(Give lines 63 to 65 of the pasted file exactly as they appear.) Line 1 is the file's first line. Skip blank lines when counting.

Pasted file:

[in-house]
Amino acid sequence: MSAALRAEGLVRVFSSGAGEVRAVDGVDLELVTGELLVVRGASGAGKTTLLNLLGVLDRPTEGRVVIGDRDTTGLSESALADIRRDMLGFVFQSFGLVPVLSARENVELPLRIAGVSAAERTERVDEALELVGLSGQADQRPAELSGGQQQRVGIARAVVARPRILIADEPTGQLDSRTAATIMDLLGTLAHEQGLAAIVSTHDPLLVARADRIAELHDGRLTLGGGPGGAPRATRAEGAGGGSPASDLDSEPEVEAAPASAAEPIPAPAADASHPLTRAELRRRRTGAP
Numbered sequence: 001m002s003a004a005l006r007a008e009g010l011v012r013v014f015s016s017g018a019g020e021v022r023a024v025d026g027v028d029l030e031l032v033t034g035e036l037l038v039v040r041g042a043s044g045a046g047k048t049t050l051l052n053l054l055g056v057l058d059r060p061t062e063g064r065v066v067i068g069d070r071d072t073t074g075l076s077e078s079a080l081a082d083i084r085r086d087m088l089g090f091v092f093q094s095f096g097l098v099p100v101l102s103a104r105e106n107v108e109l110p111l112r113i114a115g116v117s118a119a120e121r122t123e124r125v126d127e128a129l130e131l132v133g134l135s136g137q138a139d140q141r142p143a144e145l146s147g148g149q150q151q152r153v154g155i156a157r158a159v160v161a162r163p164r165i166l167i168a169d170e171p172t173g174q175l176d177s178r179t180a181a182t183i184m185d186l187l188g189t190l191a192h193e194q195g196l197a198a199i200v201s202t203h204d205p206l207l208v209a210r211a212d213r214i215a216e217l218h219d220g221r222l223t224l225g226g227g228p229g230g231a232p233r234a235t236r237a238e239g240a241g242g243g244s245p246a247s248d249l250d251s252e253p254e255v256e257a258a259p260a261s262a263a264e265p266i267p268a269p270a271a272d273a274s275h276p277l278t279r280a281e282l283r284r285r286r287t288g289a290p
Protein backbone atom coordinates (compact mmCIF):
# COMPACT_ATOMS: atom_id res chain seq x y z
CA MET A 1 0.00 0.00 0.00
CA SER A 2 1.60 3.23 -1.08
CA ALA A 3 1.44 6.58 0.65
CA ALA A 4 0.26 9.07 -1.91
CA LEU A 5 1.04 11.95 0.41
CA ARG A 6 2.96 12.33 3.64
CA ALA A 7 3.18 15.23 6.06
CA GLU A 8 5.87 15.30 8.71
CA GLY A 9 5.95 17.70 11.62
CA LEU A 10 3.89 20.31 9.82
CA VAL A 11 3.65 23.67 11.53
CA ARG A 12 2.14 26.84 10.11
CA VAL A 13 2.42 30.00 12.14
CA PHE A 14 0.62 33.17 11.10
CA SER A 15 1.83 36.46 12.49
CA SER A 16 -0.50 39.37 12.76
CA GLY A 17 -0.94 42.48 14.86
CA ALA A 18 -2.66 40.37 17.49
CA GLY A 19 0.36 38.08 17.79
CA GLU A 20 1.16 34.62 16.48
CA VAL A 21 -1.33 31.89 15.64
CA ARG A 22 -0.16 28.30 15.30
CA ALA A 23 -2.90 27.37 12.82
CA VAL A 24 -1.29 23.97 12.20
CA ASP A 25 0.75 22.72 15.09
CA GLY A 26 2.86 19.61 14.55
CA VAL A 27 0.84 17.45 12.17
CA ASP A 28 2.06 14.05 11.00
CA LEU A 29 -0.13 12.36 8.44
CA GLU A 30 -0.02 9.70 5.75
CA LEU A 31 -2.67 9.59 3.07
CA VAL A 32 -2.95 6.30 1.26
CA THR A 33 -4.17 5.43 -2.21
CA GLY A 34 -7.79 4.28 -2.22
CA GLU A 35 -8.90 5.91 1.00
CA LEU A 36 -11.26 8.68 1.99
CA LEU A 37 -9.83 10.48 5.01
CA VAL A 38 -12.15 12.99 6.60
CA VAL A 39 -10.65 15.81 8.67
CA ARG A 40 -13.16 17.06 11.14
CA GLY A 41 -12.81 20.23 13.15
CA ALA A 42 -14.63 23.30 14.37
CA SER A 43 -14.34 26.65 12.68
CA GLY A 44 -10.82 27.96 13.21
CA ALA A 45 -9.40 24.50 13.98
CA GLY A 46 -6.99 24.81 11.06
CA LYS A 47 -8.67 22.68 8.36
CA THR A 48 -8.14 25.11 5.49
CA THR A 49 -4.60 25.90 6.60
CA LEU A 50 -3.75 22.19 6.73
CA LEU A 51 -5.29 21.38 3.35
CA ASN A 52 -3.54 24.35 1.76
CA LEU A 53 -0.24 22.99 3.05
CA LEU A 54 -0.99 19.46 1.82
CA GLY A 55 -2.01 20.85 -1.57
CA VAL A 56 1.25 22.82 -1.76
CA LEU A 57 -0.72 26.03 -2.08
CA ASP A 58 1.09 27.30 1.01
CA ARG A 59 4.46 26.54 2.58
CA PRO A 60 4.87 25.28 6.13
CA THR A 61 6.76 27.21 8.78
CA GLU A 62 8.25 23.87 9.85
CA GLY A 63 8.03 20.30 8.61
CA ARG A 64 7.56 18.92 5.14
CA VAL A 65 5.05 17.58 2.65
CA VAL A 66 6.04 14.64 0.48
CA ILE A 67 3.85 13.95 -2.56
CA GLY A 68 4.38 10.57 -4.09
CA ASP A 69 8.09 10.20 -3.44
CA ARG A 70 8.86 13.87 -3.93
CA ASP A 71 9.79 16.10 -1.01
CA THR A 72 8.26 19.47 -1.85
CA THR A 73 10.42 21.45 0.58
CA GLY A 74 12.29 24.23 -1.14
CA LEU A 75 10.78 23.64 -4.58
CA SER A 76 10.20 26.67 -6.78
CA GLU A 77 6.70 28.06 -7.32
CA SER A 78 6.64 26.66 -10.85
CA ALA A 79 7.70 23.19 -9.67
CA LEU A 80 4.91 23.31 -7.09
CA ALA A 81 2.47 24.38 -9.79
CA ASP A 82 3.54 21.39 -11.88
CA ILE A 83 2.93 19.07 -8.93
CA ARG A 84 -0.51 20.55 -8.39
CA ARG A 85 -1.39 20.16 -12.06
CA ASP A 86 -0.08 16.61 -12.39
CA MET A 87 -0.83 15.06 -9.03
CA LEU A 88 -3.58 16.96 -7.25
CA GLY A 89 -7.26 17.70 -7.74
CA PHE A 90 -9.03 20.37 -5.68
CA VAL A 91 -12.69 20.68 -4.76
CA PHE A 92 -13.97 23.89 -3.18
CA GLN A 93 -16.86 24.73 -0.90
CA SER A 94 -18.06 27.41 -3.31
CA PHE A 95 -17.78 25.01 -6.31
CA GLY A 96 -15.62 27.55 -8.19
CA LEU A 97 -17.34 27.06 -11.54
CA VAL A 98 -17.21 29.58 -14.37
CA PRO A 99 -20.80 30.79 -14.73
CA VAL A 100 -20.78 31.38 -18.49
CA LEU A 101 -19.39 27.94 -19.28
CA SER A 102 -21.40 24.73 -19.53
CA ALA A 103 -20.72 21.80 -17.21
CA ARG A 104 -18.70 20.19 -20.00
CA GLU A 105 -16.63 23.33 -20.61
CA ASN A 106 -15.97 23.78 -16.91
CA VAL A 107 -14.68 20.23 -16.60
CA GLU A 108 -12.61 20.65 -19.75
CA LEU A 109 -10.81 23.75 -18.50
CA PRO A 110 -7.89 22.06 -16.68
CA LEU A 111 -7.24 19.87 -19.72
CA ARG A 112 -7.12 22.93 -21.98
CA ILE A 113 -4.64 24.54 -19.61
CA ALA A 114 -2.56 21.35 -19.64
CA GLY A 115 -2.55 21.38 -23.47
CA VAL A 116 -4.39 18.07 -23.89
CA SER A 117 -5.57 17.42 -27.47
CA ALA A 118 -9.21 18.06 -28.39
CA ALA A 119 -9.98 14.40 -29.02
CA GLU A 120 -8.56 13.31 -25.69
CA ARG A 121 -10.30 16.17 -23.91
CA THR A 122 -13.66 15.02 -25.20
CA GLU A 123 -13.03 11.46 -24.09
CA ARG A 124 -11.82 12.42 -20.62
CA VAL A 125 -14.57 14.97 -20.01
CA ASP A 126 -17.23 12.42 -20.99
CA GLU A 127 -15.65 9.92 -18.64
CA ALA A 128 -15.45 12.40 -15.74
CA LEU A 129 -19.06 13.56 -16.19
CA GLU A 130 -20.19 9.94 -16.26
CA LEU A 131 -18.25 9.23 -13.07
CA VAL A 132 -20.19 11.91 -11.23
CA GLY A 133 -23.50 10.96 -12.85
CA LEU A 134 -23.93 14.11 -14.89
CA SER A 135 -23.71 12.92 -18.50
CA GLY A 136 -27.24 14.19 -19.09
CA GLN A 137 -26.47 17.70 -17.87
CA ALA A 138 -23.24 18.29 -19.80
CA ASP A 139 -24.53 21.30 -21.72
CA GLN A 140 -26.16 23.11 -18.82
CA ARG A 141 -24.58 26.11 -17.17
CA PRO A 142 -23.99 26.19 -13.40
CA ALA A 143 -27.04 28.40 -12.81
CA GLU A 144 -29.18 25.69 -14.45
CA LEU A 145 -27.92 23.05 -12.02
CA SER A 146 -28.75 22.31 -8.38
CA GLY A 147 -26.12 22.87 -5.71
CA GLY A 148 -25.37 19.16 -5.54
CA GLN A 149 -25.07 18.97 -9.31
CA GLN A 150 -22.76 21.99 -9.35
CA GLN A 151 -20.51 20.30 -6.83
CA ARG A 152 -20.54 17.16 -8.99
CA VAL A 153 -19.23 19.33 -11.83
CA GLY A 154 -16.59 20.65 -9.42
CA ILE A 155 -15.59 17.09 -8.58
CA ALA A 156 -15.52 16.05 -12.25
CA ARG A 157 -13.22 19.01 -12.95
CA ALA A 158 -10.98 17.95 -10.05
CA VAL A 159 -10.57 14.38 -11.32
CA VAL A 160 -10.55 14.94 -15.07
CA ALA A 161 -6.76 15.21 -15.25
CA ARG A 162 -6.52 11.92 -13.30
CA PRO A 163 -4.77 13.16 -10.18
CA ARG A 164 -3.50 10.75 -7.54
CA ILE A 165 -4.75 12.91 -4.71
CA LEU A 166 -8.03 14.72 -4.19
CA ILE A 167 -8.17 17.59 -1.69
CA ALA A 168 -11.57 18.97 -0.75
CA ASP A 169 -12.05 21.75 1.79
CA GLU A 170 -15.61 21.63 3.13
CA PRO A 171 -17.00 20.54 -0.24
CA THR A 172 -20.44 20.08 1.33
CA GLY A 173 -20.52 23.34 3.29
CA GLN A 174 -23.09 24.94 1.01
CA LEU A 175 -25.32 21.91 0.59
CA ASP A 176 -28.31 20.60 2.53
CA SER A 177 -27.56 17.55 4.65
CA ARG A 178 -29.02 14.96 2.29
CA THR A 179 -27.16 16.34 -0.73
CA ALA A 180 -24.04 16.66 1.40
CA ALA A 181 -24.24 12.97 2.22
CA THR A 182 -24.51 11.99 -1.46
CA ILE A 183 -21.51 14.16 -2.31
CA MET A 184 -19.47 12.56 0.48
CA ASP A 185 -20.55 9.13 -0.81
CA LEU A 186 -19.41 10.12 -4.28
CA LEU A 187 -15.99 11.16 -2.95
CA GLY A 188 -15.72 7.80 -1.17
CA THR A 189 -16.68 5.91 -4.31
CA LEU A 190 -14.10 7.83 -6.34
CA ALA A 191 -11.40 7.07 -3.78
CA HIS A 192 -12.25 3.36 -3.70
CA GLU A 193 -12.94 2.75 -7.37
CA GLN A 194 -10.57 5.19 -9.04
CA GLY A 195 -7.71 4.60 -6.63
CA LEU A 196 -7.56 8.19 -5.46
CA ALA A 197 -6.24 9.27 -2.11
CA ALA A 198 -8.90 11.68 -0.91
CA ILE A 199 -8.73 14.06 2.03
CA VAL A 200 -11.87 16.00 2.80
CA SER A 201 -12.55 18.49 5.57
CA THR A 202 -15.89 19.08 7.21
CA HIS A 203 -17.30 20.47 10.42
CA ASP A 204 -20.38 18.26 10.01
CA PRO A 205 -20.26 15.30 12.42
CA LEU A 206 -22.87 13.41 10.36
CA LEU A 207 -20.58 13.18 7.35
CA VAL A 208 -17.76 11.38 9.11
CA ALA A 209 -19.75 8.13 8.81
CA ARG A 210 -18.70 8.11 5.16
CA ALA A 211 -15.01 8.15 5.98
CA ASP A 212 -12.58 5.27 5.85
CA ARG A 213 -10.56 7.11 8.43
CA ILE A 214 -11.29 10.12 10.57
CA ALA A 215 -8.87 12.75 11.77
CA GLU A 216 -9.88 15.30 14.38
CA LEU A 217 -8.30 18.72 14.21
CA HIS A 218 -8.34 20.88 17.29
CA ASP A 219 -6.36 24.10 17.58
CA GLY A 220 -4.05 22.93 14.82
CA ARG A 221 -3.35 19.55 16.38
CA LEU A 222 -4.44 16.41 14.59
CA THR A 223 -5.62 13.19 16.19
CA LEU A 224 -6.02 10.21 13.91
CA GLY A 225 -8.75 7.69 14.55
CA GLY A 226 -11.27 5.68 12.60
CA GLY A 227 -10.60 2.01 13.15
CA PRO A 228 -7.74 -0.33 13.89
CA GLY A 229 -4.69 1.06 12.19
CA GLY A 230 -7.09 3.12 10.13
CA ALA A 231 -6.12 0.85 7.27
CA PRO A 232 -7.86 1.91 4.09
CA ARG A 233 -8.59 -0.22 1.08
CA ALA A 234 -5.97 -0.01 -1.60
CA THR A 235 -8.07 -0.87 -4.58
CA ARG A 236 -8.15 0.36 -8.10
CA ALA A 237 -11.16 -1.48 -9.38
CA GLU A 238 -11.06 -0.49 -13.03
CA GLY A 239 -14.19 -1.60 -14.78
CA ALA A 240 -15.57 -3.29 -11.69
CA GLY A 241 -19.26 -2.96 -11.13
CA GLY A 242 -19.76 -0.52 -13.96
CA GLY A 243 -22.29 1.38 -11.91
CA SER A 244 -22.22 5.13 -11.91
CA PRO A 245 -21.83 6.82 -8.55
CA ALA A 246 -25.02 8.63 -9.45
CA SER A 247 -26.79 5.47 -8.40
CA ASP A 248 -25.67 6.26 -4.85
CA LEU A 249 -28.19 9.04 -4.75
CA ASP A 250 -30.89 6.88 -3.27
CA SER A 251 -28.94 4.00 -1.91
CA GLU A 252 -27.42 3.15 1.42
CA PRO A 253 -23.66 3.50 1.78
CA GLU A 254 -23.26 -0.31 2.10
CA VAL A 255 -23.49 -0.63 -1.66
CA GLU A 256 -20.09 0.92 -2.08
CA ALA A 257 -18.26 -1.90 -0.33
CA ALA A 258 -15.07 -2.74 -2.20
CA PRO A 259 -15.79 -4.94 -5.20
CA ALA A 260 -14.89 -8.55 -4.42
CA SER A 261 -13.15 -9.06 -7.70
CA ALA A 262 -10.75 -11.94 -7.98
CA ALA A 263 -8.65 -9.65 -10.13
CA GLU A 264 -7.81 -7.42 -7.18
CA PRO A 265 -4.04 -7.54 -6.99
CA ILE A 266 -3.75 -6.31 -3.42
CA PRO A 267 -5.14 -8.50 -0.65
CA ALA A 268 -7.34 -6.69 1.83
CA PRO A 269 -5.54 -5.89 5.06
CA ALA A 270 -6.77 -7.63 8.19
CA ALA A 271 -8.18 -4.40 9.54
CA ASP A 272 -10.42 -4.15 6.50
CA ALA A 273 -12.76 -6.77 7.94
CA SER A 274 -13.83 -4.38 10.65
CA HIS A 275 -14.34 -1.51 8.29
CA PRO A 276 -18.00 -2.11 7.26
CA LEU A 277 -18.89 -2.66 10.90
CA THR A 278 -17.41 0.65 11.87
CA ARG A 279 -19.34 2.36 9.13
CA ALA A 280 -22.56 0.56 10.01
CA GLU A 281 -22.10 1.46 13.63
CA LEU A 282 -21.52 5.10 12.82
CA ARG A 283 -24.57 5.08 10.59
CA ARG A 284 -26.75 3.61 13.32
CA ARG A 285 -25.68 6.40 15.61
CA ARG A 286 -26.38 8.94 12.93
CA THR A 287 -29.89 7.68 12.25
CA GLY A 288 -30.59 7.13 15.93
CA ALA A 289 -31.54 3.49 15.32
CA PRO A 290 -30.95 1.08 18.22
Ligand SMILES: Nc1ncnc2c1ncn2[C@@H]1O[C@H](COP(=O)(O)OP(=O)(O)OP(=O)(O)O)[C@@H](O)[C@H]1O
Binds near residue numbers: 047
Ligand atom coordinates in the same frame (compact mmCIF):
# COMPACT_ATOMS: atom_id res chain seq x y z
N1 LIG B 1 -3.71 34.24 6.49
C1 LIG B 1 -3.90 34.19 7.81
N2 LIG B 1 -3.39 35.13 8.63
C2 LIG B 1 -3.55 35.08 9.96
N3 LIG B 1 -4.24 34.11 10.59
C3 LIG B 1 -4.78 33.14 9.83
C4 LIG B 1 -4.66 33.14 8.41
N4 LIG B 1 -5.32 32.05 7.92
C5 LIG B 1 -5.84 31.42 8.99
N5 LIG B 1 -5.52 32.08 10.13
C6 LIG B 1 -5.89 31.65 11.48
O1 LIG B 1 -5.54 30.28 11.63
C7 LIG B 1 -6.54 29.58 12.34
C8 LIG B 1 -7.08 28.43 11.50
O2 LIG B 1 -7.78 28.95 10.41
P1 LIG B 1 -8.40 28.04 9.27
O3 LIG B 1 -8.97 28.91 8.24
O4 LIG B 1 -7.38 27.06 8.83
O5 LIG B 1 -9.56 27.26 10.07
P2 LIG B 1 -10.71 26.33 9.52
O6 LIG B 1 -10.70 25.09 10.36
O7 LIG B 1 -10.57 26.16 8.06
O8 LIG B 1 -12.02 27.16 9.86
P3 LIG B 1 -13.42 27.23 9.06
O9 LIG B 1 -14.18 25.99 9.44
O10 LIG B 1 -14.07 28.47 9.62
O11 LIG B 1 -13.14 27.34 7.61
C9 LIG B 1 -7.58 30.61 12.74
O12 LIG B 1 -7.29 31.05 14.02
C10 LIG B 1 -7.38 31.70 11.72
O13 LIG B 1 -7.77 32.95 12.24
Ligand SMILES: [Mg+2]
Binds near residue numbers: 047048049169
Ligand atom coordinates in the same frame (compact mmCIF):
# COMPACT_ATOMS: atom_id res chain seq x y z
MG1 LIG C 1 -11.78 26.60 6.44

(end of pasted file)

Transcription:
CA ASP A 58 1.09 27.30 1.01
CA ARG A 59 4.46 26.54 2.58
CA PRO A 60 4.87 25.28 6.13